"The UCM pilot program went well," said Janet Decker, director of resident dining for Sodexo. "We had great support from the cupboard"s volunteers in collecting the food. With the beginning of the fall semester, we have participation from all three of the dining centers on campus. The program is a win-win situation for everyone."
UCM Shares Faculty, Staff Expertise Through UCM Merit Badge University
UCM's culture of service brings together the university and the local community in a variety of ways throughout the academic year.
The UCM Merit Badge University has matched faculty and staff together with members of the community to provide Warrensburg Boy Scout Troop 400 with the expertise and guidance needed to allow the scouts to master the qualifications for more than 20 merit badges.
Merit Badge University began in 2012 as a service learning project for UCM aviation students. It has grown due to the dedication of a number of UCM faculty and staff volunteering their time and expertise. During a weekend in the spring, the annual overnight Boy Scout camp out at UCM's Max B. Swisher Skyhaven Airport provides an opportunity for scouts to obtain the aviation merit badge.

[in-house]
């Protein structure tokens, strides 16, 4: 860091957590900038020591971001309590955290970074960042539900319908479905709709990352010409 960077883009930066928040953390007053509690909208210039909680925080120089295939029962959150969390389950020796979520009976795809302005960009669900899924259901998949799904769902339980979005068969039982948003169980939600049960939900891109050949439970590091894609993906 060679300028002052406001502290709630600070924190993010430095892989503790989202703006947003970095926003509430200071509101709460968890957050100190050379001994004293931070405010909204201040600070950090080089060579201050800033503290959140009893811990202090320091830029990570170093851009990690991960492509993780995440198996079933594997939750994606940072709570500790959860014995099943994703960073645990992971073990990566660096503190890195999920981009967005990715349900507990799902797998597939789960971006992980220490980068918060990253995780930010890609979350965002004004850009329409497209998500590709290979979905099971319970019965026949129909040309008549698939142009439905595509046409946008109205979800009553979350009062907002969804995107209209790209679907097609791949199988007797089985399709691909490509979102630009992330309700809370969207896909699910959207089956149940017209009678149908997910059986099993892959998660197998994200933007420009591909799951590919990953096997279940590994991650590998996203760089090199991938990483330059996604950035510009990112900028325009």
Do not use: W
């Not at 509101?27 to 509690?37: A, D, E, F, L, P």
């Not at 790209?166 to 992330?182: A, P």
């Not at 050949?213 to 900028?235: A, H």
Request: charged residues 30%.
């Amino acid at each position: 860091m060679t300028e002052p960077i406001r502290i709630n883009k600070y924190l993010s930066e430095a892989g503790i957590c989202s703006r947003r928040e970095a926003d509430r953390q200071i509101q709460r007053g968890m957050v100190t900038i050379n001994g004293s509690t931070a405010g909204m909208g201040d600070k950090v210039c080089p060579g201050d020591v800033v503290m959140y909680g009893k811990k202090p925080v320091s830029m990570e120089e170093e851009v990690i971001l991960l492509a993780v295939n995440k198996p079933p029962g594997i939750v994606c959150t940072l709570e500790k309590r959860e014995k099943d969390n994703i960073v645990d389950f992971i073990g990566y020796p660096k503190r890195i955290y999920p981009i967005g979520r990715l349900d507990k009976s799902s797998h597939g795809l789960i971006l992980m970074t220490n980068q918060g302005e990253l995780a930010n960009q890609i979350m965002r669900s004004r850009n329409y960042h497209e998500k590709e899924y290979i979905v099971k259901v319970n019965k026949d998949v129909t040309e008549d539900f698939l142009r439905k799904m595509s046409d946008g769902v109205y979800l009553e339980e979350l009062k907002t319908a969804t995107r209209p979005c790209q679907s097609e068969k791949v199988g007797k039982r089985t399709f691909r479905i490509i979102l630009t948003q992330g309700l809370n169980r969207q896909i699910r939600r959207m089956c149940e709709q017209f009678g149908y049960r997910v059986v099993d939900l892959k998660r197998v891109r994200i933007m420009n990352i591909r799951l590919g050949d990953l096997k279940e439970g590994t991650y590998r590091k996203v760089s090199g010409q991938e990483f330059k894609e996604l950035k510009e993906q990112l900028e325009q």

However, during that same weekend, a variety of area professionals, including more than a dozen UCM faculty and staff members, make themselves available at Skyhaven and at locations on campus, providing the experience necessary to complete a variety of merit badges.
"We've been able to work with UCM faculty and staff members on an individual basis, and the response has been great," said Warrensburg resident Jason Gilbert, committee member for Troop 400 who coordinates the event. "Without their commitment, it would be difficult for many of these scouts to find the expertise to complete many of these merit badges. It's become an important annual event."
Visitors Bring Worldly Perspectives to UCM and Local Community
UCM students are taking advantage of the opportunity to reap the benefits of studying abroad, absorbing the culture of another country and gaining a worldly perspective that enhances the value of a UCM degree.
UCM and the surrounding community recently experienced two unique worldly perspectives as Andrzej Wilk, Ph.D., a renowned political and economic scholar and journalist from Warsaw, Poland, and Eva Mozes Kor, a survivor of Auschwitz and the medical experiments of Dr. Josef Mengele, brought their experiences to campus during the last week of October.